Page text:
Abandoned Earth
Winner of the 2015 Gival Press Poetry Award
by Linwood D. Rumney






Awards:
2016 New England Book Festival Honorable Mention


Nominations:
2017 Kate Tufts Discovery Award
2017 Housatonic Book Award for Poetry
2017 Paris Book Festival for Poetry
2017 Before Columbus Foundation Award for Poetry
2017 CLMP Firecracker Award for Poetry
2017 Pushcart Prize
2016 William Carlos Williams Award for Poetry
2016 New England Book Festival Award for Poetry

Advance Praise:

”The poems in Linwood Rumney’s Abandoned Earth record a life measured in seasons and the lifespans of dogs. Through a childhood practicing pitches with overripe fruit and leveling water pistols at the sun, to the loves and losses of adulthood, Rumney catalogues the wildness that still has a will. In this book, beauty persists like a love story, a desire you can’t seem to shake or unlearn. Here is everything we deserve or want to. Here in these abandoned orchards, the apple is an image that never stops speaking, whether it is cut as a lesson or, with that terrible inevitability that waits for all of us, summoned by the ground.”
—Traci Brimhall, author of Our Lady of the Ruins, winner of the Barnard Women Poets Prize


“In Abandoned Earth, Linwood Rumney creates a world both menacing and comforting at once. While wide-eyed with wonder at life’s sorrows, joys and mysteries, he maintains an understated tone that enables him to relate even the strangest events with a measured and convincing voice. This beautifully written collection contains what few books of poetry manage: high spirits, a keen eye and, above all, an embracing wisdom.”
—John Skoyles, Ploughshares Poetry Editor and author of Suddenly Its Evening: Selected Poems



“This wonderful first collection reveals Rumney as a poet of great tonal and formal range. It wields a poetics hewn from dull jackknives, unpolished stones, and harsh northeastern winters—as luminous and dangerous as the ice that breaks branches with its weight. Yet it also traverses warmer climates, startling with wry odes and candid wit, transforming every object of the mundane into ‘a startling and unlikely jewel’”.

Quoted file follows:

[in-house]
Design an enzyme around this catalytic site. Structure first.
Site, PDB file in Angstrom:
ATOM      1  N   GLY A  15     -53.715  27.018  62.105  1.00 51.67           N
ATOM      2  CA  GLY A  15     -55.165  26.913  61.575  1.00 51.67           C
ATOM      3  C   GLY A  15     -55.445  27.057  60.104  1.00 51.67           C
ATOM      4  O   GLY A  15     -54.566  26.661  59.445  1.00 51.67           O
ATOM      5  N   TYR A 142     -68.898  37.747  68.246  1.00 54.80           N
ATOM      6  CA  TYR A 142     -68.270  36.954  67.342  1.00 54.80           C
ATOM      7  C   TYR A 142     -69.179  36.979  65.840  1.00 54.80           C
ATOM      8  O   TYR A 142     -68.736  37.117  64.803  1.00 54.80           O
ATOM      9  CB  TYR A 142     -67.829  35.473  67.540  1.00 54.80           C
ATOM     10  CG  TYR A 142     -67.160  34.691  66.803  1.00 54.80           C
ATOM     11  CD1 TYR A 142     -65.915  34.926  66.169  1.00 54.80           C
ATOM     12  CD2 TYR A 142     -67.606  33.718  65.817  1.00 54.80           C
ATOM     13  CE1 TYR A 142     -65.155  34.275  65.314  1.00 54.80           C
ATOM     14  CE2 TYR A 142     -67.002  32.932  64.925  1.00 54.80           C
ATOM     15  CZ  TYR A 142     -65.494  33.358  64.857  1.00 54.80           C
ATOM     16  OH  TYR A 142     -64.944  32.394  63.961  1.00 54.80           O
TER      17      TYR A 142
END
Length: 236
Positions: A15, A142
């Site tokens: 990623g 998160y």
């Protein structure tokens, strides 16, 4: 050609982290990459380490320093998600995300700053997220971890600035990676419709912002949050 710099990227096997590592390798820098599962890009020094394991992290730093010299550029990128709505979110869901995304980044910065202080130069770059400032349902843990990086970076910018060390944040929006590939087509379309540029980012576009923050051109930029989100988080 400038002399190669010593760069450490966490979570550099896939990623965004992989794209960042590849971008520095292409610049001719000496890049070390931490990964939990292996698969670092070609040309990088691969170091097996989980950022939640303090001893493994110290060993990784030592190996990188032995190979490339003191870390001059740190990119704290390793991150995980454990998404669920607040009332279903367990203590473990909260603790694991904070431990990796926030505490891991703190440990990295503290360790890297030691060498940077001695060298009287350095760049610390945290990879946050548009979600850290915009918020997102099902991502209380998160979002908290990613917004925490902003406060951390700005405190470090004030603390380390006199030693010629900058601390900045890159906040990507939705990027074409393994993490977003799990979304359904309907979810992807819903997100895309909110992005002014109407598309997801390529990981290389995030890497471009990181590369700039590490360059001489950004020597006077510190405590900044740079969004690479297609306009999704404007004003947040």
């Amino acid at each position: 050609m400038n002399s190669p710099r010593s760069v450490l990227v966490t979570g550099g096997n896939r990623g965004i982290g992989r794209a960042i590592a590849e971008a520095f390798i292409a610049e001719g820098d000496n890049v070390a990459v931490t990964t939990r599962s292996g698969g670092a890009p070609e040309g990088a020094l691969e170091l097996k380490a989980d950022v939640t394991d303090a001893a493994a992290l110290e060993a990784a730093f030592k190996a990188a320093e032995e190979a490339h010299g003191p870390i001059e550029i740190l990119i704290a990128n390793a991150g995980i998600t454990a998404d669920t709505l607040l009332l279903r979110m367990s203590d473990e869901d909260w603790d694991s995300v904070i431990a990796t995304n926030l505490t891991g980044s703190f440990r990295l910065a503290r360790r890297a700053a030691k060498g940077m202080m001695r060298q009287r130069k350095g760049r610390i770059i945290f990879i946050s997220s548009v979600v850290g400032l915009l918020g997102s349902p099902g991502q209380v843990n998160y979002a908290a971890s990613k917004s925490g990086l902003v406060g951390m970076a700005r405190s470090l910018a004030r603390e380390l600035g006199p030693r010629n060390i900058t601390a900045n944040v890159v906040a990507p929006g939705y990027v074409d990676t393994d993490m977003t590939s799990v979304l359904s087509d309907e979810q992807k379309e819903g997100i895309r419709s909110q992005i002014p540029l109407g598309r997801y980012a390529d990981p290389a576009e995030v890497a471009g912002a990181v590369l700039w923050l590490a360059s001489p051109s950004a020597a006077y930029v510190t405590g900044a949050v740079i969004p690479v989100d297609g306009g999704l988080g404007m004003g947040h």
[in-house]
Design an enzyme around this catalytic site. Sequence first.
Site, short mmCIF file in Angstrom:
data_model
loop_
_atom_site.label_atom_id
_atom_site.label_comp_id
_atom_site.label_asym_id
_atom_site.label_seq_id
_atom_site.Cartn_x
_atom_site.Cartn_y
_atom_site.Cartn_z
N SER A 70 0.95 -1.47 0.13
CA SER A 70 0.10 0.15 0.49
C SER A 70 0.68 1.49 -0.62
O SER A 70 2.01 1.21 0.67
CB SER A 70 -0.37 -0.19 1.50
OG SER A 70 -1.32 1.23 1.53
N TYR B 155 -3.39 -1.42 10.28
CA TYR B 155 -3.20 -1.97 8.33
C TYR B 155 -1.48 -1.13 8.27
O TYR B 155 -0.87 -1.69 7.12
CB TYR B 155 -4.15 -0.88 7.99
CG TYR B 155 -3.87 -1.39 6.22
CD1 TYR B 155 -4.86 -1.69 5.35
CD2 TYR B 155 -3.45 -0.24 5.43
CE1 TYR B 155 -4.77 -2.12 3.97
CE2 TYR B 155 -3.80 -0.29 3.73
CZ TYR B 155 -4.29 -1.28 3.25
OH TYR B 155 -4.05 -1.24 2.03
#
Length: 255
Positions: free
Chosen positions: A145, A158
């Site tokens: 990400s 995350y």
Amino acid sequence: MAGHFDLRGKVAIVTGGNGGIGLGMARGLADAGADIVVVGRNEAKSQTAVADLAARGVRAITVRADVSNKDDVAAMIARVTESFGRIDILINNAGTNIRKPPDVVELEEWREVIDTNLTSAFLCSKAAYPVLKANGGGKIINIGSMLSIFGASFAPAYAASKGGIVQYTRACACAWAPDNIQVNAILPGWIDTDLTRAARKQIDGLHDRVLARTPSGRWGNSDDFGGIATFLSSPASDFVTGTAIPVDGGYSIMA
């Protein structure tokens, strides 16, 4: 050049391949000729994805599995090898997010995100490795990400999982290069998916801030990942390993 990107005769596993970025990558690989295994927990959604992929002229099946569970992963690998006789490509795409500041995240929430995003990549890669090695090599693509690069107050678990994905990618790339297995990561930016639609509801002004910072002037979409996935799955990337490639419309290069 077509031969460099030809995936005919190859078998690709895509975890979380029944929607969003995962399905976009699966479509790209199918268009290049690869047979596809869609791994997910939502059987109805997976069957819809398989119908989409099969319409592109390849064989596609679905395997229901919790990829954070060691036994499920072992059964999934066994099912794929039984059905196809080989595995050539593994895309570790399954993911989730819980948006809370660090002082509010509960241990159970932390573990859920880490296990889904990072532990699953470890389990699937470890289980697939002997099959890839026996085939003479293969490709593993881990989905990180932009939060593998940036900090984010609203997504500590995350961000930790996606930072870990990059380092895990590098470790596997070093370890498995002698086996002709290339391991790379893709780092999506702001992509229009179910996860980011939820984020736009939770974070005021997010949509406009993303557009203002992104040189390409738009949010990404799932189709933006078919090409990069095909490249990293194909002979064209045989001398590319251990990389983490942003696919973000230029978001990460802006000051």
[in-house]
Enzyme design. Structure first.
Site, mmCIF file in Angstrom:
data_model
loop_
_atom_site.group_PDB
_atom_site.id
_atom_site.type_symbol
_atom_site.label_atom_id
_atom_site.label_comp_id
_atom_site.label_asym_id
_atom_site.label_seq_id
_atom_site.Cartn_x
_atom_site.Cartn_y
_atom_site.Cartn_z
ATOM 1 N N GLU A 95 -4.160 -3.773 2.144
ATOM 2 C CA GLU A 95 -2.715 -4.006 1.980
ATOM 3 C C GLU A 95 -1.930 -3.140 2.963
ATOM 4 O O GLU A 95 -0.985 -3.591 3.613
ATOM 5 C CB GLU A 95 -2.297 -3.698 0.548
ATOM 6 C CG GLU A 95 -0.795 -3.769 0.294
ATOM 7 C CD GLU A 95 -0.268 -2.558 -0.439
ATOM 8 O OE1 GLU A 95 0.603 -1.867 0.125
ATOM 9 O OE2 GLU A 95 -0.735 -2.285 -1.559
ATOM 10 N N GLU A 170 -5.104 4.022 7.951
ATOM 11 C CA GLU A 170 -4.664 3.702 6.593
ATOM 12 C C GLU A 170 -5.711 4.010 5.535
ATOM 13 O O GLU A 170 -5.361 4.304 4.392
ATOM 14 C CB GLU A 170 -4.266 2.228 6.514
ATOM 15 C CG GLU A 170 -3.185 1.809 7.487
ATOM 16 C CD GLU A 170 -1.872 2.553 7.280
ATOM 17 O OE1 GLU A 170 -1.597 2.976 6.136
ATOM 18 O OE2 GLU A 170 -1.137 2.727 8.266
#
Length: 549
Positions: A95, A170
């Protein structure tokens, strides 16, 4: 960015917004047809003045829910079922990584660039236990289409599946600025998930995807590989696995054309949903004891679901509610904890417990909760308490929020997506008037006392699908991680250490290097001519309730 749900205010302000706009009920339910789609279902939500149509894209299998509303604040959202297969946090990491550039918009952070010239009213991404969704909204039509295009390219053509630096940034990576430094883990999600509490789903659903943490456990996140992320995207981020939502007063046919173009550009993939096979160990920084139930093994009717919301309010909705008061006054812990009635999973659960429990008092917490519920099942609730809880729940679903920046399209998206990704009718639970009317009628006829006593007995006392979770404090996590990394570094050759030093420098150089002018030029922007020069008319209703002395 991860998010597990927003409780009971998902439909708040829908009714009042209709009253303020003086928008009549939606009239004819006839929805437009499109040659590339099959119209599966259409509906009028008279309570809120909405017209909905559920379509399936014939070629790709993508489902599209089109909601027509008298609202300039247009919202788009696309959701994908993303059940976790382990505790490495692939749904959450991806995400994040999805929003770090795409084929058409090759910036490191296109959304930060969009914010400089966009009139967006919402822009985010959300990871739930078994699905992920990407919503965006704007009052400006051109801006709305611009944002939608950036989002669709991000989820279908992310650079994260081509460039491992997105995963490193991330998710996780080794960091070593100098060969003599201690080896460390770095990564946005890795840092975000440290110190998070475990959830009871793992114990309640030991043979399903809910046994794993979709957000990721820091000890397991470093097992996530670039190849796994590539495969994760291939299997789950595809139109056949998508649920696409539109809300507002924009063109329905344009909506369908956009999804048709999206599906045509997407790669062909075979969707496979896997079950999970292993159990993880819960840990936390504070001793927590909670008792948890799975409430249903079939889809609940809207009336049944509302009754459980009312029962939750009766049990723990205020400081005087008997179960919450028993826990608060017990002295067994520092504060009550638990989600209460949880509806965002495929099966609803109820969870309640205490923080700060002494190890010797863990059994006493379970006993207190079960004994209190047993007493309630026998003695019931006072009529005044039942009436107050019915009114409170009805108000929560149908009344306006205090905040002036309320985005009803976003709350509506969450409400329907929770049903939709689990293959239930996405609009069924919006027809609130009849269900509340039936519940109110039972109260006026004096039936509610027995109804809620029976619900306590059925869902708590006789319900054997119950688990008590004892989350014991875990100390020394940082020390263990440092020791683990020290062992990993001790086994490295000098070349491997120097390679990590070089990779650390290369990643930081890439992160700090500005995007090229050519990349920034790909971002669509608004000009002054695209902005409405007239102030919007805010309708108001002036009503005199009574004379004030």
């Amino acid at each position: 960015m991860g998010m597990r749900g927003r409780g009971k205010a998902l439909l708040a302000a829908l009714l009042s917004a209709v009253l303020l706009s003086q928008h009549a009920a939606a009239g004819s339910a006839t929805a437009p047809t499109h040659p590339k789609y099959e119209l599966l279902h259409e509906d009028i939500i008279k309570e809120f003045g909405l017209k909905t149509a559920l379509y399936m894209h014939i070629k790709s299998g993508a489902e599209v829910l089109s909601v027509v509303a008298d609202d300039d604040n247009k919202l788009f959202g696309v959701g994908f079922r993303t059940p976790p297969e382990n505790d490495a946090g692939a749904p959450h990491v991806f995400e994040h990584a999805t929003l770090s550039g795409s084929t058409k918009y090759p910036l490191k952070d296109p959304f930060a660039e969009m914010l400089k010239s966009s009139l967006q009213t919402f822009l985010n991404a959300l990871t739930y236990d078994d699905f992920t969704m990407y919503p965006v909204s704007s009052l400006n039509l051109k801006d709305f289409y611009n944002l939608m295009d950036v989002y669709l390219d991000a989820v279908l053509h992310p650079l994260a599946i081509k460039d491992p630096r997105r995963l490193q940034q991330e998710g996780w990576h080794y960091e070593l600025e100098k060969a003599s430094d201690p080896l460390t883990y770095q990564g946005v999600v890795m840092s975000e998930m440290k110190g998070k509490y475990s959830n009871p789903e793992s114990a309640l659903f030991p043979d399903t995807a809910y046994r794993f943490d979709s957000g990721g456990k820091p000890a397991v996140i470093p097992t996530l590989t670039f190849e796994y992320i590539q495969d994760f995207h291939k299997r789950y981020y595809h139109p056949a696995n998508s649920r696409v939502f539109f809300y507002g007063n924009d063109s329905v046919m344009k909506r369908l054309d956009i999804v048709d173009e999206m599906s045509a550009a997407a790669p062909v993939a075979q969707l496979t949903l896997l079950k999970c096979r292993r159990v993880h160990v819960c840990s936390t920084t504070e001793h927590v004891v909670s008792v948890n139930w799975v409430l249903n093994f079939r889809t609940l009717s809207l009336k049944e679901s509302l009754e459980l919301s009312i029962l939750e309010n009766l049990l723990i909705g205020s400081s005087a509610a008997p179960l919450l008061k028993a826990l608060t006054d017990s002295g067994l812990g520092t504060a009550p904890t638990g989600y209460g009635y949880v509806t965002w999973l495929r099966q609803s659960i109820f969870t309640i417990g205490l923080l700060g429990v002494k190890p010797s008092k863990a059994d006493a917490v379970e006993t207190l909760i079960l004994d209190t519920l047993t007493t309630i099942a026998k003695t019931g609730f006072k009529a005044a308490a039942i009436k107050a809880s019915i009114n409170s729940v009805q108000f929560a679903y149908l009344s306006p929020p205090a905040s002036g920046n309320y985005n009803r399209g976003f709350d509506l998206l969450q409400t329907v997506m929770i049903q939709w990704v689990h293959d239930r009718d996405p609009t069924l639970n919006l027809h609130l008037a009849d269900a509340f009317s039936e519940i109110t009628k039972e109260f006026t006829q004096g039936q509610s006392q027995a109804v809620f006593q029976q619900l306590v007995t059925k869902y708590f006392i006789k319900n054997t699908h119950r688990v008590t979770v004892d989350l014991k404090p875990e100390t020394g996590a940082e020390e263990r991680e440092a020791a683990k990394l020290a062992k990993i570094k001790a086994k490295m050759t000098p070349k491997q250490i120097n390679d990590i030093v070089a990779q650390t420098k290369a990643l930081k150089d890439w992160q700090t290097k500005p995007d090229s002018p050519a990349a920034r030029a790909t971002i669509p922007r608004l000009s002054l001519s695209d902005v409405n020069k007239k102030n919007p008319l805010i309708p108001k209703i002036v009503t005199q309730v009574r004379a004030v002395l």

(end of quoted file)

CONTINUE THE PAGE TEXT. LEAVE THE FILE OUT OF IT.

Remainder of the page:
—Danielle Cadena Deulen, author of Our Emotions Get Carried Away from Us, winner of the Barrow Street Prize.




“I love the clarity and precision of Linwood Rumney’s poems and his restrained yet intense voice. Intense because it is restrained, pressurized by his deft use of stanzaic structures and forms. Robert Frost and William Carlos Williams seem to be among his influences, but his voice and vision are clearly his own. Rumney writes about the natural world and the human world, and he sees in both of them a terrible excess and a brutal lack. But, as in A Mystery on the Greyhound Bus, he also recognizes that simple beauty persists, like the finch feeding her chicks in a bus station eave while a man on the platform, both laughing and crying, waves to a woman on the departing bus. Far more than simple beauty, that image—and Rumney’s poetry throughout this book—is resonant and complex in the most compelling way”.
—Eric Nelson, judge and author of Some Wonder: poems